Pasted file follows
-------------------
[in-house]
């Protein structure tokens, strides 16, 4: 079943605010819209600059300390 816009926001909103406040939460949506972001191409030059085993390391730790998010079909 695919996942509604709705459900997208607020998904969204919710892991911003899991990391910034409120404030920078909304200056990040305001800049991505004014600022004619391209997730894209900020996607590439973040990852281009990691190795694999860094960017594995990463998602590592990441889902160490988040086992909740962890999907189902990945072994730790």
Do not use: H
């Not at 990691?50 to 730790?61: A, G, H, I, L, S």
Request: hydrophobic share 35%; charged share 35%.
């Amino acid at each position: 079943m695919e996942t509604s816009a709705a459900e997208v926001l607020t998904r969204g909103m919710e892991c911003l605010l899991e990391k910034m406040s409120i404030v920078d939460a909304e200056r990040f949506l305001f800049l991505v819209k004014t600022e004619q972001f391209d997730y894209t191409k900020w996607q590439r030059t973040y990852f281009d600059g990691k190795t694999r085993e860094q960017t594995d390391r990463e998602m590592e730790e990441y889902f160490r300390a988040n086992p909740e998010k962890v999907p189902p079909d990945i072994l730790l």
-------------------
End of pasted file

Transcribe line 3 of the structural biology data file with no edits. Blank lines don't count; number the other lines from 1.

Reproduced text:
Do not use: H